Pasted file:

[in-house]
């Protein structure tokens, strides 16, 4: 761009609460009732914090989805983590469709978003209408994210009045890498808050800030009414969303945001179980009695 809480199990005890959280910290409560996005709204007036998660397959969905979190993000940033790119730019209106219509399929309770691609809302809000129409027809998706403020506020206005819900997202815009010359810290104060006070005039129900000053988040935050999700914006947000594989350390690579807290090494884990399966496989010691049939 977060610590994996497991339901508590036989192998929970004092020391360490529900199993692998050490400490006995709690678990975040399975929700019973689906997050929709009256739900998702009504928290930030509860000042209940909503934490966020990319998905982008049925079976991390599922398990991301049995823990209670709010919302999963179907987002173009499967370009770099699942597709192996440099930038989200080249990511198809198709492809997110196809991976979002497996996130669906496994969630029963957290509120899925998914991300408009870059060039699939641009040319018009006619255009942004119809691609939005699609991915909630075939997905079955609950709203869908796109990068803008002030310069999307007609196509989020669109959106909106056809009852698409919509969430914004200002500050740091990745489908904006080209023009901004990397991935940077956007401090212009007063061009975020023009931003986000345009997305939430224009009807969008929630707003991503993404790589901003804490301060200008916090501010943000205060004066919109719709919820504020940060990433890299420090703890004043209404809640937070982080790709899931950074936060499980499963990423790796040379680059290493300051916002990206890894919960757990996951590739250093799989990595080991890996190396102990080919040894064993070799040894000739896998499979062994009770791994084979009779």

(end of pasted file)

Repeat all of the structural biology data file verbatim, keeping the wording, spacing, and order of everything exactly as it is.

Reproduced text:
[in-house]
């Protein structure tokens, strides 16, 4: 761009609460009732914090989805983590469709978003209408994210009045890498808050800030009414969303945001179980009695 809480199990005890959280910290409560996005709204007036998660397959969905979190993000940033790119730019209106219509399929309770691609809302809000129409027809998706403020506020206005819900997202815009010359810290104060006070005039129900000053988040935050999700914006947000594989350390690579807290090494884990399966496989010691049939 977060610590994996497991339901508590036989192998929970004092020391360490529900199993692998050490400490006995709690678990975040399975929700019973689906997050929709009256739900998702009504928290930030509860000042209940909503934490966020990319998905982008049925079976991390599922398990991301049995823990209670709010919302999963179907987002173009499967370009770099699942597709192996440099930038989200080249990511198809198709492809997110196809991976979002497996996130669906496994969630029963957290509120899925998914991300408009870059060039699939641009040319018009006619255009942004119809691609939005699609991915909630075939997905079955609950709203869908796109990068803008002030310069999307007609196509989020669109959106909106056809009852698409919509969430914004200002500050740091990745489908904006080209023009901004990397991935940077956007401090212009007063061009975020023009931003986000345009997305939430224009009807969008929630707003991503993404790589901003804490301060200008916090501010943000205060004066919109719709919820504020940060990433890299420090703890004043209404809640937070982080790709899931950074936060499980499963990423790796040379680059290493300051916002990206890894919960757990996951590739250093799989990595080991890996190396102990080919040894064993070799040894000739896998499979062994009770791994084979009779």